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Finance Industry 2011 Employment Outlook

February 15

According to experts, the employment forecast for the Finance Industry appears to be on the rise in 2011.

"Budgets are done and companies are ready to hire," says Jonathan Mazzocchi, partner and general manager, accounting and finance division, for Winter, Wyman & Co. "People are getting paid bonuses and getting promotions, or not getting them and jumping ship. It creates more hiring volatility, particularly for middle- and senior-management positions."

According to Bill Driscoll, New England district president of specialized staffing firm Robert Half International, there are three positive signs in the finance hiring arena:

  • A rebound in full-time hiring, which has come back stronger during this recovery than in past recoveries.
  • A steady, sequential growth in temporary hiring, which has been a leading indicator of past recoveries.
  • Rising conversion rates of temporary workers to full-time, permanent finance employment.

New government regulations will boost demand for compliance analysts and tax accountants in 2011, says Brendan Courtney, president of recruiting and staffing agency The Mergis Group, a division of SFN Group in Fort Lauderdale, Florida. "Given everything from Securities and Exchange Commission rule changes to new consumer-protection agencies, companies know there are going to be regulatory and compliance issues coming and they're trying to get ahead of the curve," he says. Another high-demand position: internal auditor. "It's the least glamorous of all the accounting and finance positions because it's considered to be a necessary evil." And, with fewer undergraduates going into accounting, there's a gap between the demand for entry-level internal audit accountants and the number of graduates ready to step into those jobs.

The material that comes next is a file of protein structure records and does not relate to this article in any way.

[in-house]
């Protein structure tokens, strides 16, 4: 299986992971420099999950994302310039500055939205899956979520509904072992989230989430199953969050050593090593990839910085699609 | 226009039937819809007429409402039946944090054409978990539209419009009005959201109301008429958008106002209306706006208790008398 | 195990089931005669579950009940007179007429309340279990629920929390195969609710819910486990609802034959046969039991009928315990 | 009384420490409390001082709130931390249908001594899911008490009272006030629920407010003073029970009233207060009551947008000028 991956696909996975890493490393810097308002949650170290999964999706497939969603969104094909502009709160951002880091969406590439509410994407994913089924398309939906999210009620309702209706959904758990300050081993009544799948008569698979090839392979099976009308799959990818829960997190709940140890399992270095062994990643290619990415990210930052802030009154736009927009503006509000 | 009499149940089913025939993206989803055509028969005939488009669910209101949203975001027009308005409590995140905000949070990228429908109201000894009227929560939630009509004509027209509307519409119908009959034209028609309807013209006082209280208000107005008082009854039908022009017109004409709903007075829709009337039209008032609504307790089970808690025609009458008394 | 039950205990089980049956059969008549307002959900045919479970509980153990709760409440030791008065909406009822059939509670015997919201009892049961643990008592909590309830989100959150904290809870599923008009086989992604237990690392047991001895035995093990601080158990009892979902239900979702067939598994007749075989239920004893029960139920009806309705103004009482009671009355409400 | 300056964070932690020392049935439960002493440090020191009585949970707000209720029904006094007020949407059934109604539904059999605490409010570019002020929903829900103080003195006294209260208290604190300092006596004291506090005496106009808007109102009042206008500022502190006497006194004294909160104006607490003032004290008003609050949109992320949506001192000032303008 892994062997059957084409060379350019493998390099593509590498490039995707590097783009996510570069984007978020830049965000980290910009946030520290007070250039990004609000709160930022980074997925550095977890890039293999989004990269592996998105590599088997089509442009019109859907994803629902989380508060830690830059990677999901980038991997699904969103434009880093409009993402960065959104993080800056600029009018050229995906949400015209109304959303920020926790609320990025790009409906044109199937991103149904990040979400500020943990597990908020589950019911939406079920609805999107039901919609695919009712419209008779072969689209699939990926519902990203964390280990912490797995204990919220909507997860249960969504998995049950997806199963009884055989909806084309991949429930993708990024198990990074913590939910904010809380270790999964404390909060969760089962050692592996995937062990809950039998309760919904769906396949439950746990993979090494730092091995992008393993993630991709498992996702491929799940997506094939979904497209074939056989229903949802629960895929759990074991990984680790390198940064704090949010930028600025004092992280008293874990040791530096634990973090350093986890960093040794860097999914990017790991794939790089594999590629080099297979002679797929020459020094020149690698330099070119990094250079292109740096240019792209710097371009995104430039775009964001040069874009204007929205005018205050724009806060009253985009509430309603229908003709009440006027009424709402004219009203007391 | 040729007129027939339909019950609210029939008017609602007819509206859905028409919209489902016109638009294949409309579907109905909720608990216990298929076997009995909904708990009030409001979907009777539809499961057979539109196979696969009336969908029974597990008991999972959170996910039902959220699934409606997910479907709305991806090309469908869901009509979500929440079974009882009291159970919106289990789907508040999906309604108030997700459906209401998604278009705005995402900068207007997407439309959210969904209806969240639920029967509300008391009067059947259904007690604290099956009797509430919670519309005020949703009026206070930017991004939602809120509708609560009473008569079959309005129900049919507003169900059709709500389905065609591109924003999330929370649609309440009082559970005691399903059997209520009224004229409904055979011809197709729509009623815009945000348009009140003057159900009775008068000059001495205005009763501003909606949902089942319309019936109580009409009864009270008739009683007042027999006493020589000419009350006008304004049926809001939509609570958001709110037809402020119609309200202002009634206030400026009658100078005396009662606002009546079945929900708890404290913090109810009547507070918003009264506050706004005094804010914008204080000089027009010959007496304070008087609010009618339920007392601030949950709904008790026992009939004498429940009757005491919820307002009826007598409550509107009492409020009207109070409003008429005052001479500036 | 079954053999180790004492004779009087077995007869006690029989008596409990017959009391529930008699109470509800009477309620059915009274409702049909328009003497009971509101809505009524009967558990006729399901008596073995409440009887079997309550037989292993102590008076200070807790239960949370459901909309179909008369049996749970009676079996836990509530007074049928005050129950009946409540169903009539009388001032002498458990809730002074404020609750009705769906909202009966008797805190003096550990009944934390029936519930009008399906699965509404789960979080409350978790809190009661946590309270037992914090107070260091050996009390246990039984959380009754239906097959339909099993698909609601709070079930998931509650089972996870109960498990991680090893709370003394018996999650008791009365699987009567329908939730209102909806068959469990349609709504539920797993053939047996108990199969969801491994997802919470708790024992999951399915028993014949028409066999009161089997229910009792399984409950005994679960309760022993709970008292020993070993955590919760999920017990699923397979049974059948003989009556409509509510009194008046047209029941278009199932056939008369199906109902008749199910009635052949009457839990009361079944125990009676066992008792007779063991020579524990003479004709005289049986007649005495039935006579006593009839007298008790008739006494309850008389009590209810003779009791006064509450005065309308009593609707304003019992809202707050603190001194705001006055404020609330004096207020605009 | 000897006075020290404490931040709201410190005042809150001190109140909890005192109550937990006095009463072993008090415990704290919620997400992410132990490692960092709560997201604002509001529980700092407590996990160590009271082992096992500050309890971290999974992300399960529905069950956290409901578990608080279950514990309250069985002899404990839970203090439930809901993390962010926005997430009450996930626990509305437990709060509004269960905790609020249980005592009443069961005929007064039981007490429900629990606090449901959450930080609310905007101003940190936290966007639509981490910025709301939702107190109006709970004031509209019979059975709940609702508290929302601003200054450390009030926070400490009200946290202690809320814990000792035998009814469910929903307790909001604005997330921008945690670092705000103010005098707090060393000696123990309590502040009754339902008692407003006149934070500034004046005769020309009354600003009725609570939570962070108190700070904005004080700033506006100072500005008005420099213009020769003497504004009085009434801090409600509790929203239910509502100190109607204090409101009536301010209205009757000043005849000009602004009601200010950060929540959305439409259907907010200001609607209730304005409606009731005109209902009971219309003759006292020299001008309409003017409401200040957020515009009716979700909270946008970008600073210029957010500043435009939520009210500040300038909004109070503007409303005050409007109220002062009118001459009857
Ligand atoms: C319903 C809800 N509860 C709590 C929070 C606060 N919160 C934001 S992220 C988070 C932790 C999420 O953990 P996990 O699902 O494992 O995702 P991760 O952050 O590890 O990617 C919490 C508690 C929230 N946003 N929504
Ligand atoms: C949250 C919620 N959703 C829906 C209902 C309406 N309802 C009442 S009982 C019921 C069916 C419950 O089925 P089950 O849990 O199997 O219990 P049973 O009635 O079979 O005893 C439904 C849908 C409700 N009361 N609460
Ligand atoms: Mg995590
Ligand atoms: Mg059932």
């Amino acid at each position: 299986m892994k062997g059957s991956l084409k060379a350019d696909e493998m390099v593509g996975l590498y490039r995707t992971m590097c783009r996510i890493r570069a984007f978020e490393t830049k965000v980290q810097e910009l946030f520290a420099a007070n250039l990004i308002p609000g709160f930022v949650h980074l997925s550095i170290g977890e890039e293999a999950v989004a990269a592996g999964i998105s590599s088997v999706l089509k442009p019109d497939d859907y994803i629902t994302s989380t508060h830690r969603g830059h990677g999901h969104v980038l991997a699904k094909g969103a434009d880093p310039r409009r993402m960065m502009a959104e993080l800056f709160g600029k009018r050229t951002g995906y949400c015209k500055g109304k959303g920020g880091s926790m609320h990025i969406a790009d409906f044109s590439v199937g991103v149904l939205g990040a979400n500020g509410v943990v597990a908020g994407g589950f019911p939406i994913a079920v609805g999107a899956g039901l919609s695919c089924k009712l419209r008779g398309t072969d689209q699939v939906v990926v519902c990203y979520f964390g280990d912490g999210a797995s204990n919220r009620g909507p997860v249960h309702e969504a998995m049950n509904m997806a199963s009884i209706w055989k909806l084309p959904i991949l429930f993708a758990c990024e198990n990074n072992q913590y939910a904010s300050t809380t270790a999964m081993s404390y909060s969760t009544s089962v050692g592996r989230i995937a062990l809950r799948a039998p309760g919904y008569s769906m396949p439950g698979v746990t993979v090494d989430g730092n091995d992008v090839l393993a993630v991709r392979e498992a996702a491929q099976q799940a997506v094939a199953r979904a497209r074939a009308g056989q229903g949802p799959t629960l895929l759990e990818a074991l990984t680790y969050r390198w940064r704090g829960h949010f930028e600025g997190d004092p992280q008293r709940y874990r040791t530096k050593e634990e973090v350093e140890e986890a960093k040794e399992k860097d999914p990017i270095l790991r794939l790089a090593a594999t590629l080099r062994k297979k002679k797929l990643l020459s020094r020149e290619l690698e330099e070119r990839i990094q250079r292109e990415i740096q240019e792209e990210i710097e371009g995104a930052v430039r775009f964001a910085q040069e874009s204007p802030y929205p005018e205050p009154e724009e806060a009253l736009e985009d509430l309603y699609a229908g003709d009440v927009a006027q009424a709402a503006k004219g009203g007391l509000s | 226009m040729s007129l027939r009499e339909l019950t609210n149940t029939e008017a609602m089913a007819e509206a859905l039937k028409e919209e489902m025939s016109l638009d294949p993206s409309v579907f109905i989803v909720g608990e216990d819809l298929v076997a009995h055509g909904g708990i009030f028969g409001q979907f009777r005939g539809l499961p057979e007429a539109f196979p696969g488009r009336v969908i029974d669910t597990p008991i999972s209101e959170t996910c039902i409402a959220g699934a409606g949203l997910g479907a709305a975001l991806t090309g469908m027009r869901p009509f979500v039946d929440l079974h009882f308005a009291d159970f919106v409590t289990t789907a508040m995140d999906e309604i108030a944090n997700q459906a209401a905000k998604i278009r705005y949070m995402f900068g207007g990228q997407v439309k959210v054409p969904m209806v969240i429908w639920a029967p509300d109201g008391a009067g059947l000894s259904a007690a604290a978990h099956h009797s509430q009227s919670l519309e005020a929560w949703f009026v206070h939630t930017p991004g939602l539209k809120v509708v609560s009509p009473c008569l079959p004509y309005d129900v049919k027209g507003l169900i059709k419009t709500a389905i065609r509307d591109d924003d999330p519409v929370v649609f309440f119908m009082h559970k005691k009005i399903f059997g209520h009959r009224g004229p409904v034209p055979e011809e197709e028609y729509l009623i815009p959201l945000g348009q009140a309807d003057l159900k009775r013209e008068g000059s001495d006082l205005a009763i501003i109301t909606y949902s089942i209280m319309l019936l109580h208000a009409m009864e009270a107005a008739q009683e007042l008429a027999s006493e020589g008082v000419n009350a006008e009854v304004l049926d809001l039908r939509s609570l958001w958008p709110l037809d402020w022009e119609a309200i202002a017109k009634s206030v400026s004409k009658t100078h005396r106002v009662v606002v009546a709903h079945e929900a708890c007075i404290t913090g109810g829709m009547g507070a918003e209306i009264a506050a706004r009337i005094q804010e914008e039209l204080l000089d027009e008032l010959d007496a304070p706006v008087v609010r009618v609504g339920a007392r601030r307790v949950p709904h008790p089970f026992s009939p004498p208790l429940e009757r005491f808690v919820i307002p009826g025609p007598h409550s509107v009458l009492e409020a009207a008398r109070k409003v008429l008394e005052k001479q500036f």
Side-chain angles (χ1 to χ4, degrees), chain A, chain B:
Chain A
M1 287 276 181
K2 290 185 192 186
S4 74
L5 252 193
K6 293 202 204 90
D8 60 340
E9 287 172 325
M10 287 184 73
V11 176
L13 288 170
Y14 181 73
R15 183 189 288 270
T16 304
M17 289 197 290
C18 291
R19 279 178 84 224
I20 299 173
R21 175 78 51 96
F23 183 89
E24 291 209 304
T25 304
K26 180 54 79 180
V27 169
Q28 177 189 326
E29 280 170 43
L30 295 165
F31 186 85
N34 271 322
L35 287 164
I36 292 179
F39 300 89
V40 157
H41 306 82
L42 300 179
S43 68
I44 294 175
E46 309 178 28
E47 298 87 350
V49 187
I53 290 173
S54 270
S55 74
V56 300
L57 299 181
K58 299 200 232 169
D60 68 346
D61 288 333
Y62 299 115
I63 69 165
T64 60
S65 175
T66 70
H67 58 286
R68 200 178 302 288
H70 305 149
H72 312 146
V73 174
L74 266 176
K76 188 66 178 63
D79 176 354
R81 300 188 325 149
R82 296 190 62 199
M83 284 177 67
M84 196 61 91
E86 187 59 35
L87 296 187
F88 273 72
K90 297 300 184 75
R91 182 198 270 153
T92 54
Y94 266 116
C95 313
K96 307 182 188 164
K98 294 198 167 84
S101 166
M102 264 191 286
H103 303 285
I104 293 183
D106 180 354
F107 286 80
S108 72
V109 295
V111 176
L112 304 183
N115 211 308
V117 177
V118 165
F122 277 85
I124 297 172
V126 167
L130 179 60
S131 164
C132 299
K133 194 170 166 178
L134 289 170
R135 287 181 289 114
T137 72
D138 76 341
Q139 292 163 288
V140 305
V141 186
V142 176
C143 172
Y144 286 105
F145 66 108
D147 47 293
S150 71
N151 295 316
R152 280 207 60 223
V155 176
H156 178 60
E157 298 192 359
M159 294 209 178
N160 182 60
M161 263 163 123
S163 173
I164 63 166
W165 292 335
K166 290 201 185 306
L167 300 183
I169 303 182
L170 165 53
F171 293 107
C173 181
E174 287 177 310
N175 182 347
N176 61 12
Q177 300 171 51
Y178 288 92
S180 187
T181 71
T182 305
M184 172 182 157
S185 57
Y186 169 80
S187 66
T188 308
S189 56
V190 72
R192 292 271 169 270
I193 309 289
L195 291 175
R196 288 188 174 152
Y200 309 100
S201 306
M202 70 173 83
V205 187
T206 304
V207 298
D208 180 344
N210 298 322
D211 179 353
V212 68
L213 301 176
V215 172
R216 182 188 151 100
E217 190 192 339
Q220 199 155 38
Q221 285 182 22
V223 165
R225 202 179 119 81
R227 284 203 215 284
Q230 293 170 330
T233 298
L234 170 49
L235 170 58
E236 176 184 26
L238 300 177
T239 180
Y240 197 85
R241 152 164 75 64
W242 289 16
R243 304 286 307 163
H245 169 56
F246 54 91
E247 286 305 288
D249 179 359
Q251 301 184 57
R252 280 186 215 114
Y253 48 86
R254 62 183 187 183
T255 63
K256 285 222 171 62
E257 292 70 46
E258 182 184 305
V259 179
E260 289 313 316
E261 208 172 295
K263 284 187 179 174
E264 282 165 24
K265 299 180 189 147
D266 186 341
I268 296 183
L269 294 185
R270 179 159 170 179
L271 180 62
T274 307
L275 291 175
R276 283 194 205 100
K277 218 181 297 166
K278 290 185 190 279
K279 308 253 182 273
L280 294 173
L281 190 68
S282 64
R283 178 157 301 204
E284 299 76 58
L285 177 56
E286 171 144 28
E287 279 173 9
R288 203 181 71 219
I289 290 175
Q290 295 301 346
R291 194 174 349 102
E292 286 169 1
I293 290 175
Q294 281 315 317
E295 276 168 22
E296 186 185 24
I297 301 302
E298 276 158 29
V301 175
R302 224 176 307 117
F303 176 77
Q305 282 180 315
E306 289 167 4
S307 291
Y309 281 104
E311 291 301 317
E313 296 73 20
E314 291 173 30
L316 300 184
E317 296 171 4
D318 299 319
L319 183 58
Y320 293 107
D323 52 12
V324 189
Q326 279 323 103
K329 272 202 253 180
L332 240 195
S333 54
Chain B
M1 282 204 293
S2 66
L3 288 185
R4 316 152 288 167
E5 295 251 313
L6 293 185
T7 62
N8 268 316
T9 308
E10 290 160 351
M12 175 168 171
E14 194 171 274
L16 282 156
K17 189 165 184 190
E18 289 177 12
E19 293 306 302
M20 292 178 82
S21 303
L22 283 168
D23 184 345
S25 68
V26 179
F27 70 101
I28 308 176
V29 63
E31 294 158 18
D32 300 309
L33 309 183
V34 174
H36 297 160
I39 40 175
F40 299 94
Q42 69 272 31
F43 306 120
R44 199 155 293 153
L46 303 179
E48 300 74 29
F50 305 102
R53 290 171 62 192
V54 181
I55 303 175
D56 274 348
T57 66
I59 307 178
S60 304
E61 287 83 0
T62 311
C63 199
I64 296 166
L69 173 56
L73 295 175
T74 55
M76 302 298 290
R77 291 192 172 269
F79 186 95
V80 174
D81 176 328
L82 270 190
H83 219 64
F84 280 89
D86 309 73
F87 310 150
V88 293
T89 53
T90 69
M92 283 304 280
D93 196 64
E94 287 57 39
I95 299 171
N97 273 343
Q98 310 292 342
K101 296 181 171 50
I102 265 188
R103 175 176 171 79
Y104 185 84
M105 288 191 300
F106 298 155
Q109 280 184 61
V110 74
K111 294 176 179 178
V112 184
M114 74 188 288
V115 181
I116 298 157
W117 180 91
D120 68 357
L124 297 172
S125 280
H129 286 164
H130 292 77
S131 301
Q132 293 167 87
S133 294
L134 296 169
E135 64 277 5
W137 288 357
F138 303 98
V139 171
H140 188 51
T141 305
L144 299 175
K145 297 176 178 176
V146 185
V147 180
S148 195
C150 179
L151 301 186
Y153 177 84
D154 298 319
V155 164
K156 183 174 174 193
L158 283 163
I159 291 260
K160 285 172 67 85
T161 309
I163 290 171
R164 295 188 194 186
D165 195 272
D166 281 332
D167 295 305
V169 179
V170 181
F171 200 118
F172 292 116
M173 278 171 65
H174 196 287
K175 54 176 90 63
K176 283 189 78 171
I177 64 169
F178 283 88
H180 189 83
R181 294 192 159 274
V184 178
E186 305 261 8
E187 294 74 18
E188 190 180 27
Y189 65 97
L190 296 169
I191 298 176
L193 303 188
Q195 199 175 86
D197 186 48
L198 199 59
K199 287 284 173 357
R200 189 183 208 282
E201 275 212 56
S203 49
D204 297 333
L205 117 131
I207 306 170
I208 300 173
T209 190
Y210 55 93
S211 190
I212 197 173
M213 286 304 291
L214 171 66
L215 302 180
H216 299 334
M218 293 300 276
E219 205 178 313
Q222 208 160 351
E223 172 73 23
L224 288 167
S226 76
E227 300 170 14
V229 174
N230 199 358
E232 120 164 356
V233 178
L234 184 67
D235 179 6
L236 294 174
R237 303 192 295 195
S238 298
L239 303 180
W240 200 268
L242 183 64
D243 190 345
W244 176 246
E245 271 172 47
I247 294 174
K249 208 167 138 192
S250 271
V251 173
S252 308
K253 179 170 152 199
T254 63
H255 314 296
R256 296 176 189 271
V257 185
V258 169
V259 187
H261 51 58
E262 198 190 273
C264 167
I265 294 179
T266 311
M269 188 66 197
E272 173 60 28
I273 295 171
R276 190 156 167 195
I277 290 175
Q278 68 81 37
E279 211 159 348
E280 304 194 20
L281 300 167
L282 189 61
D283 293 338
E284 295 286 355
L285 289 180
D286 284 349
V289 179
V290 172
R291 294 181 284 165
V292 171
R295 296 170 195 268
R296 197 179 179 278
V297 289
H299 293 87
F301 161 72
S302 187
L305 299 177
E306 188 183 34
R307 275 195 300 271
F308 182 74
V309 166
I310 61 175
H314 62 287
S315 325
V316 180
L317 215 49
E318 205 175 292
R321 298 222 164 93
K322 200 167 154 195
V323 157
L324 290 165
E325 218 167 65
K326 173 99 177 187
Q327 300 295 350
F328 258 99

According to the U.S. Bureau of Labor Statistics website, jobs for "personal financial advisors are projected to grow by 30% over the 2008—18 period, which is much faster than the average for all occupations. Growing numbers of advisors will be needed to assist the millions of workers expected to retire in the next 10 years." In fact, Financial Adviser was ranked one of "The 50 Best Careers of 2011" by US News & World Report last month.

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